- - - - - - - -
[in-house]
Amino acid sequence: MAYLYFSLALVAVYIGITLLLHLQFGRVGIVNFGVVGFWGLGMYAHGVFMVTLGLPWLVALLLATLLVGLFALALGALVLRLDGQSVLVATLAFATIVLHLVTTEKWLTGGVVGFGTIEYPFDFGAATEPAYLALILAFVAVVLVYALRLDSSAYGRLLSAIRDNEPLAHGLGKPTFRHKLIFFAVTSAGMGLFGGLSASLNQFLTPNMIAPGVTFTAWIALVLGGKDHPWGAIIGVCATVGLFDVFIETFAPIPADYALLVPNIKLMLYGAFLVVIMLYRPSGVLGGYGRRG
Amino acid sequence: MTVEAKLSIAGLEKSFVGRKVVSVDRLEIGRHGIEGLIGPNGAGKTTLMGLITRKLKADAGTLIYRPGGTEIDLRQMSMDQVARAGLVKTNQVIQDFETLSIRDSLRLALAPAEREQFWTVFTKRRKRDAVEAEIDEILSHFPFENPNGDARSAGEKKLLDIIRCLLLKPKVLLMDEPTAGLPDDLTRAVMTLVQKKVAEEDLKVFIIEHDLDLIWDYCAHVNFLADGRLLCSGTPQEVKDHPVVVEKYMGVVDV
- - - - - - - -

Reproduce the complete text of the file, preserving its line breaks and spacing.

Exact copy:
[in-house]
Amino acid sequence: MAYLYFSLALVAVYIGITLLLHLQFGRVGIVNFGVVGFWGLGMYAHGVFMVTLGLPWLVALLLATLLVGLFALALGALVLRLDGQSVLVATLAFATIVLHLVTTEKWLTGGVVGFGTIEYPFDFGAATEPAYLALILAFVAVVLVYALRLDSSAYGRLLSAIRDNEPLAHGLGKPTFRHKLIFFAVTSAGMGLFGGLSASLNQFLTPNMIAPGVTFTAWIALVLGGKDHPWGAIIGVCATVGLFDVFIETFAPIPADYALLVPNIKLMLYGAFLVVIMLYRPSGVLGGYGRRG
Amino acid sequence: MTVEAKLSIAGLEKSFVGRKVVSVDRLEIGRHGIEGLIGPNGAGKTTLMGLITRKLKADAGTLIYRPGGTEIDLRQMSMDQVARAGLVKTNQVIQDFETLSIRDSLRLALAPAEREQFWTVFTKRRKRDAVEAEIDEILSHFPFENPNGDARSAGEKKLLDIIRCLLLKPKVLLMDEPTAGLPDDLTRAVMTLVQKKVAEEDLKVFIIEHDLDLIWDYCAHVNFLADGRLLCSGTPQEVKDHPVVVEKYMGVVDV